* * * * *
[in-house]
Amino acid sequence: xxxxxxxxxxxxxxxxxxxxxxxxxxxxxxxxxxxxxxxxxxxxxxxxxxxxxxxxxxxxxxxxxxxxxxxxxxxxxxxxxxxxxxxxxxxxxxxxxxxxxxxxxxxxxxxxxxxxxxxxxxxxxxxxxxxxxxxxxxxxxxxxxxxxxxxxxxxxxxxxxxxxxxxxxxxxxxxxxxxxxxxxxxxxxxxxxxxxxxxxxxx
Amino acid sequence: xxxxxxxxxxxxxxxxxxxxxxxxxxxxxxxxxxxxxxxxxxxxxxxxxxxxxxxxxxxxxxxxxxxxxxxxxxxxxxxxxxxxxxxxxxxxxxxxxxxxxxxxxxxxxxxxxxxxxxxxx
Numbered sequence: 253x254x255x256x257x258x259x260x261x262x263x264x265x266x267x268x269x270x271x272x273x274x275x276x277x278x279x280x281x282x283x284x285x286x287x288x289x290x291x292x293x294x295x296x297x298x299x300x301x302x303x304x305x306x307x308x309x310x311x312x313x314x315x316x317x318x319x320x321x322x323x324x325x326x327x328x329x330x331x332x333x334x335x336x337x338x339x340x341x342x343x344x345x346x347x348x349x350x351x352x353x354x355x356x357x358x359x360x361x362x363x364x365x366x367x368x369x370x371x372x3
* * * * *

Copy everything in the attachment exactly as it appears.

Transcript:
[in-house]
Amino acid sequence: xxxxxxxxxxxxxxxxxxxxxxxxxxxxxxxxxxxxxxxxxxxxxxxxxxxxxxxxxxxxxxxxxxxxxxxxxxxxxxxxxxxxxxxxxxxxxxxxxxxxxxxxxxxxxxxxxxxxxxxxxxxxxxxxxxxxxxxxxxxxxxxxxxxxxxxxxxxxxxxxxxxxxxxxxxxxxxxxxxxxxxxxxxxxxxxxxxxxxxxxxxx
Amino acid sequence: xxxxxxxxxxxxxxxxxxxxxxxxxxxxxxxxxxxxxxxxxxxxxxxxxxxxxxxxxxxxxxxxxxxxxxxxxxxxxxxxxxxxxxxxxxxxxxxxxxxxxxxxxxxxxxxxxxxxxxxxx
Numbered sequence: 253x254x255x256x257x258x259x260x261x262x263x264x265x266x267x268x269x270x271x272x273x274x275x276x277x278x279x280x281x282x283x284x285x286x287x288x289x290x291x292x293x294x295x296x297x298x299x300x301x302x303x304x305x306x307x308x309x310x311x312x313x314x315x316x317x318x319x320x321x322x323x324x325x326x327x328x329x330x331x332x333x334x335x336x337x338x339x340x341x342x343x344x345x346x347x348x349x350x351x352x353x354x355x356x357x358x359x360x361x362x363x364x365x366x367x368x369x370x371x372x3